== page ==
I can map the drive by IP but not name

The Other Options Didn’t Solve the Problem

When I had the problem of being able to see a shared drive on the file server only by using the IP address and not the name I began searching the internet for answers, some workstations would see it by name and some wouldn’t. There is a mixture of XP, Windows 7, and Windows 10 machines on the network and some of each different type would connect while others wouldn’t. When I searched the Internet I found solutions about going to ‘Credential Manager’ (Control Panel, Credential Manager, Windows Credentials) and removing the saved credentials and that seemed to solve the problem for a lot of people, but not for me.

Back Story / How I got in this Mess

The machine that the file server was on crashed. The drive was fine, but the system itself stopped working. After tracing it to the motherboard I knew there wasn’t going to be a quick fix. This is a small company and they only have one other machine that is used as the SQL server, there old machines, but were pretty good when they were purchased years ago. Anyway, I needed to get this drive up as soon as possible, so not having time to get a new machine and do a bare metal restore, I took down the SQL machine long enough to install the file server drive into it. Then installed Virtualbox, and having the virtual computer use the physical hard drive of the server computer. Whala (voila if your french), file server is back online inside the SQL server box. (They both had similar hardware that aided in making this possible).

As we move ahead in time a few weeks, I built a new machine and kept the old server drive as a virtual drive except converted the physical drive to an actual virtual drive. My thought here was that later I can virtualize both of them (file server and SQL server) and come up with a clustering solution spread over a couple physical machines. So, after putting it all together on a new machine and firing it up suddenly not all workstations see the shared folder on the file server. This is where the trauma begins…

The Solution

I used Windows 10 for the pictorial solution, but, if your familiar with things, just un-check IP version 6 from the list of protocols from the workstations that are having the problem and things should work for you too.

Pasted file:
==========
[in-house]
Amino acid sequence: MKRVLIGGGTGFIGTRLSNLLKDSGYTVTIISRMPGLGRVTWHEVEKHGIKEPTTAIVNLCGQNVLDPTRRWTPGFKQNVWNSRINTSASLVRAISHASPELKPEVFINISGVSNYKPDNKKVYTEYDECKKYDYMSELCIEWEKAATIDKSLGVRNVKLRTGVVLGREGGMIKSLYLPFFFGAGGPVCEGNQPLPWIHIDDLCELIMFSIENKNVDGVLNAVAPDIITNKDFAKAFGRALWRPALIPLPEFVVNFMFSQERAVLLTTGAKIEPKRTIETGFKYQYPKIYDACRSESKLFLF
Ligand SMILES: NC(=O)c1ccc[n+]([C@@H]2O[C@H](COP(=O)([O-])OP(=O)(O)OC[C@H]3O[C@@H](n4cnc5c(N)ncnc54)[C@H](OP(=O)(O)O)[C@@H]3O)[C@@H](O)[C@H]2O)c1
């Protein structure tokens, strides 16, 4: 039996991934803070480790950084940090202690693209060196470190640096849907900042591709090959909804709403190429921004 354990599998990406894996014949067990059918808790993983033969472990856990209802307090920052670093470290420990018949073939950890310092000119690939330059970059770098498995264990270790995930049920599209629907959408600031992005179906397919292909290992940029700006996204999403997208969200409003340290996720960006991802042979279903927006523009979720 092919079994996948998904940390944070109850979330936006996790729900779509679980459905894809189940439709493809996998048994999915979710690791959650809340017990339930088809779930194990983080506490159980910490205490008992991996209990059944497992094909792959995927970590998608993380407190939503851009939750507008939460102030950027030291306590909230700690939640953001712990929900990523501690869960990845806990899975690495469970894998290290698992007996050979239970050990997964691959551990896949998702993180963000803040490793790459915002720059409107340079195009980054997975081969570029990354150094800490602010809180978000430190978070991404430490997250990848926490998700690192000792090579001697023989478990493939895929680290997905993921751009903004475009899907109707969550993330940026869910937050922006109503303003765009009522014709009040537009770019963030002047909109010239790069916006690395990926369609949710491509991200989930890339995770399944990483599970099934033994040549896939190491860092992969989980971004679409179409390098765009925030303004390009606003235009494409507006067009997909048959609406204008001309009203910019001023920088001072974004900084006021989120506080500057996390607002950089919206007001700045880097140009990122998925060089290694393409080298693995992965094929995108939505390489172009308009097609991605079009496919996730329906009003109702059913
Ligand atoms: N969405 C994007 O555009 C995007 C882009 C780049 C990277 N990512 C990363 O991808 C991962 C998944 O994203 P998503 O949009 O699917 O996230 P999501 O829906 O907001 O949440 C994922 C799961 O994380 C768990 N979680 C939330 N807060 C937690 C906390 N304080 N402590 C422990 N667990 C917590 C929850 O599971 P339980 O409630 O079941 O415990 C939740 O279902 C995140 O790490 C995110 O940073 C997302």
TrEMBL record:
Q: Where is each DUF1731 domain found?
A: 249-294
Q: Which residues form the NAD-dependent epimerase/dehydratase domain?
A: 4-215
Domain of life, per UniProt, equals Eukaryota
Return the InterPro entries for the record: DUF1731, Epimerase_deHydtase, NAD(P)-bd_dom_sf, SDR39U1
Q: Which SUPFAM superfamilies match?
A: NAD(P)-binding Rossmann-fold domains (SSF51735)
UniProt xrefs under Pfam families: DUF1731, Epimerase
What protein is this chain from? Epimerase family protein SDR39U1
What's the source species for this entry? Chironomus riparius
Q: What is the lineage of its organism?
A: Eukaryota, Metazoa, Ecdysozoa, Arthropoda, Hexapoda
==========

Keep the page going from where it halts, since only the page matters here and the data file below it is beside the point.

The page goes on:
1. First, right click on you network taskbar icon

2. Then when the settings window opens select “Ethernet”

3. Next Select “Change Adapter Options”

4. On the next window “Right Click” on the “network adapter” and select “properties”

5. Next, Un-check the IP Version 6 protocol and select “OK”


You can’t make this stuff up. Anytime when you least expect it something will happen. I handled this with very little user disruption. Even when the server crashed, the time back up was under 3 hours and when the IPv6 problem happened it was intermittent and I could handle most of that over the weekend. Need expert help with your network? In the Dallas / Ft. Worth Area, call me. 972.571.4808.


Windows XP and Office 2003 Support Ends by Microsoft, But Hey, I’m Still Here!

When you’re windows XP takes a turn, or your office 2003 does something weird, don’t forget about me, even though you’ll get “We no longer support that release of windows from big Micro$oft” I’ll be happy to help, and with 26 years of experience it won’t take long either. Sure you can call the “big box” geeks, but, they’ll take all day and then tell you, you should reformat your hard drive and start over or worse yet, tell you to upgrade and get help from Microsoft.

Sure the choice is yours, but, spend a little now on a real company that really works as if it was their stuff or call someone who only cares about a buck or two.

PS. I do websites, and web hosting too!!!!